US President George W Bush has called on Americans to be patient with the situation in Iraq and warned that there will be further sacrifice ahead.

"Our efforts in Iraq and the broader Middle East will require more time, more sacrifice and continued resolve," he said in his weekly radio address.

He made the appeal as pro and anti-war campaigners gathered in Crawford, Texas for a day of demonstrations.

The small town houses the president's ranch where he is currently on holiday.

Waning support

With almost 1,900 US soldiers dead in Iraq, pressure is mounting on Mr Bush to end the war and bring troops home.

Recent opinion polls suggest more than 50% of Americans think the Iraq conflict is going badly.

Most also believe some or all US troops should be withdrawn from Iraq.

The problem of sliding support has been compounded by the protest outside Mr Bush's ranch being staged by Cindy Sheehan, a mother whose son died while serving in Iraq.

Ms Sheehan, whose 24-year-old son Casey was killed in action in 2004, has vowed to stay put throughout Mr Bush's month-long holiday and hopes he will meet her.

On Saturday hundreds of anti-war campaigners joined Mrs Sheehan in the small Texas town for a rally on the final weekend of the protest.

Constitution concerns

However, their efforts are being matched by pro-Bush campaigners who have taken up positions on the opposite side of the town.

The protesters calling themselves the "You don't speak for me Cindy!" group, began their cross-country rally in California last week.

They include other parents whose sons have been killed in Iraq but who oppose Mrs Sheehan and US veterans from other conflicts.

"I'm here to support the president and the troops and honour the fallen hero, Specialist Casey Sheehan, since his mother is disgracing his memory," said former US soldier Brad Ward.

Iraq has been holding difficult and prolonged negotiations on a constitution, seen by the US as crucial if stability is to be restored in the country and troops ultimately brought home.

The country's Sunni minority is deeply unhappy with efforts by the other groups to move towards federalism, fearing it will lead to the break up of Iraq, and has so far refused to endorse a draft text of the document.

"Like our own nation's founders over two centuries ago, the Iraqis are grappling with difficult issues, such as the role of the federal government. What is important is that Iraqis are now addressing these issues through debate and discussion, not at the barrel of a gun," Mr Bush said.

He pledged that the US would continue to support Iraq throughout this period.

Story from BBC NEWS:

Published: 2005/08/27 20:15:48 GMT


Teach Your Children...

...not to talk to recruiters!

Can you say "Hitler-Jugend" (Hitler Youth)?

t r u t h o u t - Army Recruiters' Sly Tactics: Who's Next?

Who's Next?
By Karen Houppert
The Nation

12 September 2005 Issue

The US Army Recruiting Command has a motto: "First to contact, first to contract." In the school recruiting handbook the Army gives to the 7,500 recruiters it has trawling the nation these days, the motto crops up so often it serves as a stuttering paean to aggressive new tactics - tactics that target increasingly younger students.

To make sure they are the first folks to contact students about their future plans, Army recruiters are ordered to approach tenth, eleventh and twelfth graders - repeatedly. Army officials spell out the rules of engagement: Recruiters are told to dig in deep at their assigned high schools, to offer their services as assistant football coaches - or basketball coaches or track coaches or wrestling coaches or baseball coaches (interestingly, not softball coaches or volleyball coaches) - to "offer to be a chaperon [sic] or escort for homecoming activities and coronations" (though not thespian ones), to "Deliver donuts and coffee for the faculty once a month," to participate visibly in Hispanic Heritage and Black History Month activities, to "get involved with local Boy Scout troops" (Girl Scouts aren't mentioned), to "offer to be a timekeeper at football games," to "serve as test proctors," to "eat lunch in the school cafeteria several times each month" and to "always remember secretary's week with a card or flowers." They should befriend student leaders and school staff: "Know your student influencers," they are told. "Identify these individuals and develop them as COIs" (centers of influence). After all, "some influential students such as the student president or the captain of the football team may not enlist; however, they can and will provide you with referrals who will enlist." Cast a wide net, recruiters are told. Go for the Jocks, but don't ignore the Brains. "Encourage college-capable individuals to defer their college until they have served in the Army."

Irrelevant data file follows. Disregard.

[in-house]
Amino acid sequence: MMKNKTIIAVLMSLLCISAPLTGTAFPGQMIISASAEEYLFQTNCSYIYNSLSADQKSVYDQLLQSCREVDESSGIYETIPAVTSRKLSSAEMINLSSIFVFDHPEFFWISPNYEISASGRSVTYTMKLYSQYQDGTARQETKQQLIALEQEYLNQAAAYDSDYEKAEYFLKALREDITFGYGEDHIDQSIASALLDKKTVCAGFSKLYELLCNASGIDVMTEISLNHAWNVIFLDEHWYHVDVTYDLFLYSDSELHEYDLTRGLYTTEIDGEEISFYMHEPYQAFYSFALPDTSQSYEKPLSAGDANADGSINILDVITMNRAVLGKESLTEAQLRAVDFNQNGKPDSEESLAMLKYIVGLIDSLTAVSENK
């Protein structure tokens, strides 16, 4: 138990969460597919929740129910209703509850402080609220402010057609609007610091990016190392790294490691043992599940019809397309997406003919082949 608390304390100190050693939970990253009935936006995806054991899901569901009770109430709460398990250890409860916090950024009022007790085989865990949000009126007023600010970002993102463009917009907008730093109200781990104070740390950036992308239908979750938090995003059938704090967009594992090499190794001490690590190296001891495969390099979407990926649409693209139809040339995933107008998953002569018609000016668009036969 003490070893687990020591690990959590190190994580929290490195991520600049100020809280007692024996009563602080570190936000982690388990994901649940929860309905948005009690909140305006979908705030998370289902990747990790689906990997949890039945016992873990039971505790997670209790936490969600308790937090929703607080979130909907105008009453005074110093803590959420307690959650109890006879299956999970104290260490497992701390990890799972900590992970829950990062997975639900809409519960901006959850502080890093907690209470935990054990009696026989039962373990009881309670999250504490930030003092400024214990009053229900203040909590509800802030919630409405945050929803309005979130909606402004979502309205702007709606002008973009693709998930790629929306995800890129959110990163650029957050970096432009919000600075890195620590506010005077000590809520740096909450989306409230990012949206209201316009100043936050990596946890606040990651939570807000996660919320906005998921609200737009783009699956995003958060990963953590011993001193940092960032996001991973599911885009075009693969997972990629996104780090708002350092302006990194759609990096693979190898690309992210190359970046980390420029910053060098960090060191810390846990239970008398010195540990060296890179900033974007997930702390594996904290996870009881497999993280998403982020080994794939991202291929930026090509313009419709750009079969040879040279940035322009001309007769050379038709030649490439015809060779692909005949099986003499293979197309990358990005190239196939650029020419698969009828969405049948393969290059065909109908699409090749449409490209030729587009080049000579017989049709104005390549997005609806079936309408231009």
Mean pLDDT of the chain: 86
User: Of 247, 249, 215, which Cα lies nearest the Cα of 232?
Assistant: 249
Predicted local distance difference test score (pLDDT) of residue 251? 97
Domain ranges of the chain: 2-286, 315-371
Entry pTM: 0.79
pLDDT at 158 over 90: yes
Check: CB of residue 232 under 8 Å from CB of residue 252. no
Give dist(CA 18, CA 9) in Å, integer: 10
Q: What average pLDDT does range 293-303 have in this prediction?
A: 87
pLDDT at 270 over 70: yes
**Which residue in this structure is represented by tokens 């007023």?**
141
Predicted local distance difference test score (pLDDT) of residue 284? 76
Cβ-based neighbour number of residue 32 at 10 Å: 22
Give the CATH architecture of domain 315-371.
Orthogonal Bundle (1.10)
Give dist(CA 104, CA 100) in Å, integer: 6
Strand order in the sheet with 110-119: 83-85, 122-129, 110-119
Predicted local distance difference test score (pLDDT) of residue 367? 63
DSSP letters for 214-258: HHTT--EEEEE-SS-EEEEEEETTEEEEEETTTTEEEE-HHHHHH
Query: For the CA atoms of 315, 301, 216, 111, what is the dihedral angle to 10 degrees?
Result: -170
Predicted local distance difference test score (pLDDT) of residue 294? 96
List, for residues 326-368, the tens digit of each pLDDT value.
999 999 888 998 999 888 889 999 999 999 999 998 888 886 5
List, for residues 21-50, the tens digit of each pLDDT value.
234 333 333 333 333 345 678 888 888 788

Army brass urge recruiters to use a "trimester system of senior contacts," reaching out to high school seniors at three vulnerable points. In the spring, when students' futures loom largest, the handbook advises: "For some it is clear that college is not an option, at least for now. Let them know that the Army can fulfill their college aspirations later on."

Finally, recruiters must follow the vulnerable to college: "Focus on the freshman class [there] because they will have the highest dropout rate. They often lack both the direction and funds to fully pursue their education." (Thus do decreasing federal funds for college complement recruiters' goals.)

"The good [high school] program is a proactive one," the sloganeering commanders remind. "The early bird gets the worm."

Junior ROTC - A Vital Feeder Stream